• Corpus ID: 26064088

Wine consumption and dementia in the elderly: a prospective community study in the Bordeaux area.

  title={Wine consumption and dementia in the elderly: a prospective community study in the Bordeaux area.},
  author={J. -M. Orgogozo and Jean-François Dartigues and Sylviane Lafont and Luc Letenneur and Daniel Commenges and Roger Salamon and Serge C Renaud and Monique M B Breteler},
  journal={Revue neurologique},
  volume={153 3},
Alcoholism is a possible cause of dementia, mainly through associated nutritional deficiencies and, rarely, through acute direct toxicity. [] Key Method We prospectively studied 3,777 community residents aged 65 and over, in the districts of Gironde and Dordogne. Average daily alcoholic consumption was recorded at baseline. Incident cases of dementia and Alzheimer's disease were screened at follow-up with explicit criteria.

Risk of dementia and alcohol and wine consumption: a review of recent results.

The overall conclusion is that heavy drinking is a risk factor for most stroke subtypes and regular light to moderate drinking seemed to be associated with a decreased risk for ischaemic stroke.

Alcoholic beverages and incidence of dementia: 34-year follow-up of the prospective population study of women in Goteborg.

Results show that wine and spirits displayed opposing associations with dementia, and a protective effect was not seen for the other beverages, at least part of the association for wine may be explained by components other than ethanol.

Prospective study of alcohol consumption and risk of dementia in older adults.

Compared with abstention, consumption of 1 to 6 drinks weekly is associated with a lower risk of incident dementia among older adults and generally similar relationships of alcohol use with Alzheimer disease and vascular dementia.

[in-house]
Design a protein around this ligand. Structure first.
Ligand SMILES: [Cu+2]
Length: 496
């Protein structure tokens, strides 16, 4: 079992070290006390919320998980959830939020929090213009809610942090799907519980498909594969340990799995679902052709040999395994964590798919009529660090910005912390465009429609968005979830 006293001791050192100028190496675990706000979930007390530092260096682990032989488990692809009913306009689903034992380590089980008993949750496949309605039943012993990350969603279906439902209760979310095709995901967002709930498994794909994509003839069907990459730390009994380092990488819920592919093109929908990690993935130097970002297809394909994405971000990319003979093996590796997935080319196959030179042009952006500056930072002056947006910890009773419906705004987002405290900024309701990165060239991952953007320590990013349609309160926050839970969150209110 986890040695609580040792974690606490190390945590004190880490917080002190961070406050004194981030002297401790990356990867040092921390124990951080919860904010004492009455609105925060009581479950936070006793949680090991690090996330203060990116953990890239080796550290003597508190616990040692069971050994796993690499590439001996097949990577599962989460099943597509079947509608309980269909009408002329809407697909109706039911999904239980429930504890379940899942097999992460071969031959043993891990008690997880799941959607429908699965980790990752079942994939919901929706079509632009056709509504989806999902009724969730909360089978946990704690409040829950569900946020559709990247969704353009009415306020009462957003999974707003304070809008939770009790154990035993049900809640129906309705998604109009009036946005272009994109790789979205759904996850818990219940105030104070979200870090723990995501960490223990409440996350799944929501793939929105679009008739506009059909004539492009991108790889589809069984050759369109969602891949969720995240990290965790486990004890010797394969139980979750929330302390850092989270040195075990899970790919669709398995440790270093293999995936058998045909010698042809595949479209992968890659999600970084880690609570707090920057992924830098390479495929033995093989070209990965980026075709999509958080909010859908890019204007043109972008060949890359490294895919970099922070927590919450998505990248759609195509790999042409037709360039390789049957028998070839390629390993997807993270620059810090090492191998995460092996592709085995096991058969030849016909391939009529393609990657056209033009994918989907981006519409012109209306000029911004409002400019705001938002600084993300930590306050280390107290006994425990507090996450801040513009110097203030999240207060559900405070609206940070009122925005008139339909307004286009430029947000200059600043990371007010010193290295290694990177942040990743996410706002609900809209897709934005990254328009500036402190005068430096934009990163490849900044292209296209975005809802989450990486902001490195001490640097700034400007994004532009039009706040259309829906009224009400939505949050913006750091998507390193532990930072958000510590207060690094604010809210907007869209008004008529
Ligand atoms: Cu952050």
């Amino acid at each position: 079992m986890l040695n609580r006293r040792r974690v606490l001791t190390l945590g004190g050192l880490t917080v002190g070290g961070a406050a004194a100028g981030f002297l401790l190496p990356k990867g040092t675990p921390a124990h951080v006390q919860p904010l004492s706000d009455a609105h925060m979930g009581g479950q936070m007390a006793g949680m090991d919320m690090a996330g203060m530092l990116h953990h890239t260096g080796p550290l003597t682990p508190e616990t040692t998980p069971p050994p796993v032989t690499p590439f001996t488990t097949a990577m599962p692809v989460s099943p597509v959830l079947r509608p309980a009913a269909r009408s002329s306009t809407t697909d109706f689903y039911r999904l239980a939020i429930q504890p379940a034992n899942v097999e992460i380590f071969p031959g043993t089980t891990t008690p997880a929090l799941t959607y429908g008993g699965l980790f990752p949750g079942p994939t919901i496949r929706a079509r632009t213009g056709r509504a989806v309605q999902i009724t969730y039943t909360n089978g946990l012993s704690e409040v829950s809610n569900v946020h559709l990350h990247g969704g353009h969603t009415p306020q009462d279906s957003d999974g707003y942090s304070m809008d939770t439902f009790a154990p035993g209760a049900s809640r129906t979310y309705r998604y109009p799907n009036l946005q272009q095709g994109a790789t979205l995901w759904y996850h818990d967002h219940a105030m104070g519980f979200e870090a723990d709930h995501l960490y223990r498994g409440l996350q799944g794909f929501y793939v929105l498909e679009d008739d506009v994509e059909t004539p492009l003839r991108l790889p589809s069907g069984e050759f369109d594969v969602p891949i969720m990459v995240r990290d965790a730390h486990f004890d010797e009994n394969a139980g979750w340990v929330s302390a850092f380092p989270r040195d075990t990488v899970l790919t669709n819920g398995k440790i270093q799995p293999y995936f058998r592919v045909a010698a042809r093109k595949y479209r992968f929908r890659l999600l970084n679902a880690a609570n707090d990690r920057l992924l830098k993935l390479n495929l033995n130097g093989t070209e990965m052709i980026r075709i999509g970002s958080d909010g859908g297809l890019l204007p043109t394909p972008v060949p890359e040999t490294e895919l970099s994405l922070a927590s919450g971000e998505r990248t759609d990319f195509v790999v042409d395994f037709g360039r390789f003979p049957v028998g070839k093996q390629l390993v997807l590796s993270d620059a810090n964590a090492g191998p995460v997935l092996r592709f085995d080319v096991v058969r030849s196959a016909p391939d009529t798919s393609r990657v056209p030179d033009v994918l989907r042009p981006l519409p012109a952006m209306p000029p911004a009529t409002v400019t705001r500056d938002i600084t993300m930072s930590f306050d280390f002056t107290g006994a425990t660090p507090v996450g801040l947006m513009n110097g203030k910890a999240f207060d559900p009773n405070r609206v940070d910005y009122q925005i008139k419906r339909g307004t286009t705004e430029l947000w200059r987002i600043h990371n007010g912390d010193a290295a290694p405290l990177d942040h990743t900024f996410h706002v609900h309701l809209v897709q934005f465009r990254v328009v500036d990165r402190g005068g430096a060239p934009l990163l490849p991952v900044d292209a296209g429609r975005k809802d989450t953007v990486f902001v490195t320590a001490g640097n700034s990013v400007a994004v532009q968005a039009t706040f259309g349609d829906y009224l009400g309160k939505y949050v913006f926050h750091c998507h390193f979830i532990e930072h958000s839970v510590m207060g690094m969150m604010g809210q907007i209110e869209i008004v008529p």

Is there an association between low-to-moderate alcohol consumption and risk of cognitive decline?

This study did not support the hypothesis that low-to- moderate alcohol consumption prevents cognitive decline, and the inverse association between low- to-moderate alcohol intake and cognitive decline observed in other studies may have been due to inclusion of former drinkers in the abstainers reference category.

Amount and type of alcohol and risk of dementia

The results do not indicate that people should start drinking or increase wine consumption to avoid dementia, but instead suggest that certain substances in wine may reduce the occurrence of dementia.

Association of Alcohol Types, Coffee, and Tea Intake with Risk of Dementia: Prospective Cohort Study of UK Biobank Participants

Moderate consumption of wine and moderate-to-high tea intake is associated with a decreased risk of incident dementia, and non-wine is positively related to dementia risk in a linear fashion, and no clear association is found for coffee.



A prospective study of moderate alcohol consumption and the risk of coronary disease and stroke in women.

Moderate alcohol consumption among middle-aged women, moderate alcohol consumption decreases the risks of coronary heart disease and ischemic stroke but may increase the risk of subarachnoid hemorrhage.

Mortality associated with moderate intakes of wine, beer, or spirits

Low to moderate intake of wine is associated with lower mortality from cardiovascular and cerebrovascular disease and other causes, and three to five drinks of spirits a day was associated with increased mortality.

The Role of Lifestyle Factors in the Etiology of Stroke: A Population‐Based Case‐Control Study in Perth, Western Australia

Current smoking, consumption of meat more than four times weekly, and a history of hypertension or intermittent claudication were each associated with increased risk in multivariate models for all strokes and for all first-ever strokes.

Mortality in relation to consumption of alcohol: 13 years' observations on male British doctors

The consumption of alcohol appeared to reduce the risk of ischaemic heart disease, largely irrespective of amount, among British men in middle or older age; among regular drinkers mortality from all causes combined increased progressively with amount drunk above 21 units a week.

Survival of Patients with Dementia

Dementia patients have a considerable excess mortality when compared to the vital statistics and there is no evidence for improvement of survival rates during recent decades.

Alcohol intake in a healthy elderly population.

Alcohol intake was not associated with any changes in social or psychological status, but was positively associated with several measurements of cognitive status, and correlations were weak and tended to disappear after controlling for income, education, gender, and age.

Clinically Diagnosed Alzheimer Disease: Neuropathologic Findings in 650 Cases

In a broad sample of practitioners, accuracy of clinical diagnosis of AD may be improving, but continues to be hampered by difficulty in distinguishing the dementia of AD from certain dementing conditions and from AD mixed with other neuropathologic conditions.